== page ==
Article VII – No man can be accused, arrested nor detained but in the cases determined by the law, and according to the forms which it has prescribed. Those who solicit, dispatch, carry out or cause to be carried out arbitrary orders, must be punished; but any citizen called or seized under the terms of the law must obey at once; he renders himself culpable by resistance.
Article VIII – The law should establish only penalties that are strictly and evidently necessary, and no one can be punished but under a law established and promulgated before the offense and legally applied.
Article IX – Any man being presumed innocent until he is declared culpable if it is judged indispensable to arrest him, any rigor which would not be necessary for the securing of his person must be severely reprimanded by the law.
Article X – No one may be disturbed for his opinions, even religious ones, provided that their manifestation does not trouble the public order established by the law.
Article XI – The free communication of thoughts and of opinions is one of the most precious rights of man: any citizen thus may speak, write, print freely, except to respond to the abuse of this liberty, in the cases determined by the law.
Article XII – The guarantee of the rights of man and of the citizen necessitates a public force: this force is thus instituted for the advantage of all and not for the particular utility of those in whom it is trusted.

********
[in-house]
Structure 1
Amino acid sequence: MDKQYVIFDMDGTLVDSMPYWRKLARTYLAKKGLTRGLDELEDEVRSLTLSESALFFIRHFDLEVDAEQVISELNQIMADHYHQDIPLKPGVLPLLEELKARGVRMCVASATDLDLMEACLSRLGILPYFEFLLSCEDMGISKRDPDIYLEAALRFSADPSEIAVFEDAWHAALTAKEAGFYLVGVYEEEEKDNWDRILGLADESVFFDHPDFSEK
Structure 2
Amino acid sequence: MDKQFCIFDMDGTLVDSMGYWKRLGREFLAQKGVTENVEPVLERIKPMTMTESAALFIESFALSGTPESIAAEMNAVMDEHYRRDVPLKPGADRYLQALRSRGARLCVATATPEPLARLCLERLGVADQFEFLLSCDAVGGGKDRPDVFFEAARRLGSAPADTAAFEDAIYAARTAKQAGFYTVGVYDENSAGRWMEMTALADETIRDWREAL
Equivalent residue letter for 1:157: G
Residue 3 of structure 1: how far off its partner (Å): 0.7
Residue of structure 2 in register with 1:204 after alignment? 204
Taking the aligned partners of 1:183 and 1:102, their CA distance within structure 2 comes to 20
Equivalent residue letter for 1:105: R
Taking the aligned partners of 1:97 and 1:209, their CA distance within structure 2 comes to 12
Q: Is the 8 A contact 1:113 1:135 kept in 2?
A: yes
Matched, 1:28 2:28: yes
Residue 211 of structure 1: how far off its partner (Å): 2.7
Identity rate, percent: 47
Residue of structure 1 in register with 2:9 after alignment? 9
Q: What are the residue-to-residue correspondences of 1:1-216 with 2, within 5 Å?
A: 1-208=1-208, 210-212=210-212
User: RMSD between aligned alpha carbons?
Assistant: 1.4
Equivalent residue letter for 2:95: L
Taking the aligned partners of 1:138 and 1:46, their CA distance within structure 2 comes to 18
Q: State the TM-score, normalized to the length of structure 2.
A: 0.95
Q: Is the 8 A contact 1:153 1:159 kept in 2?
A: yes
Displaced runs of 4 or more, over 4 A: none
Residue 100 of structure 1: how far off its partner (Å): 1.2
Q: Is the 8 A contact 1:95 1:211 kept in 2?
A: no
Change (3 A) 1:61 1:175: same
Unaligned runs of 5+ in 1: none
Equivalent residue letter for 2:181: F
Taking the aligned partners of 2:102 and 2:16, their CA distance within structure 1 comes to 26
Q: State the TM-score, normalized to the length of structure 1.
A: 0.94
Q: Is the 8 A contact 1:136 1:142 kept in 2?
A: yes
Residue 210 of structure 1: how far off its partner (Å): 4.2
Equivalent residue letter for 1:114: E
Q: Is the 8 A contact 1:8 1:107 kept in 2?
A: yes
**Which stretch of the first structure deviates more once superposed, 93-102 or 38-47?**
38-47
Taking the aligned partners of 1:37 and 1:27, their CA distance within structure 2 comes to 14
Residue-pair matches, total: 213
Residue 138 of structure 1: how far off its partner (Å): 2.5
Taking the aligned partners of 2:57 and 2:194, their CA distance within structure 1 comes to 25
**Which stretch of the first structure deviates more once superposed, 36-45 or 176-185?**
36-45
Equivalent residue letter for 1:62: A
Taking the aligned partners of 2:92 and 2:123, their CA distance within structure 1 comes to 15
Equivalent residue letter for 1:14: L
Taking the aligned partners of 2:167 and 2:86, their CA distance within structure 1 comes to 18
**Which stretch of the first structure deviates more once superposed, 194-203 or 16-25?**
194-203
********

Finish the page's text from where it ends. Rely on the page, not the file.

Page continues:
Article XIII – For the maintenance of the public force and for the expenditures of administration, a common contribution is indispensable; it must be equally distributed to all the citizens, according to their ability to pay.
Article XIV – Each citizen has the right to ascertain, by himself or through his representatives, the need for a public tax, to consent to it freely, to know the uses to which it is put, and of determining the proportion, basis, collection, and duration.
Article XV – The society has the right of requesting an account from any public agent of its administration.
Article XVI – Any society in which the guarantee of rights is not assured, nor the separation of powers determined, has no Constitution.
Article XVII – Property being an inviolable and sacred right, no one can be deprived of private usage, if it is not when the public necessity, legally noted, evidently requires it, and under the condition of a just and prior indemnity.
Active and passive citizenshipEdit
While the French Revolution provided rights to a larger portion of the population, there remained a distinction between those who obtained the political rights in the Declaration of the Rights of Man and Citizen and those who did not. Those who were deemed to hold these political rights were called active citizens. Active citizenship was granted to men who were French, at least 25 years old, paid taxes equal to three days work, and could not be defined as servants (Thouret). This meant that at the time of the Declaration only male property owners held these rights. The deputies in the National Assembly believed that only those who held tangible interests in the nation could make informed political decisions. This distinction directly affects articles 6, 12, 14, and 15 of the Declaration of the Rights of Man and Citizen as each of these rights is related to the right to vote and to participate actively in the government. With the decree of 29 October 1789, the term active citizen became embedded in French politics.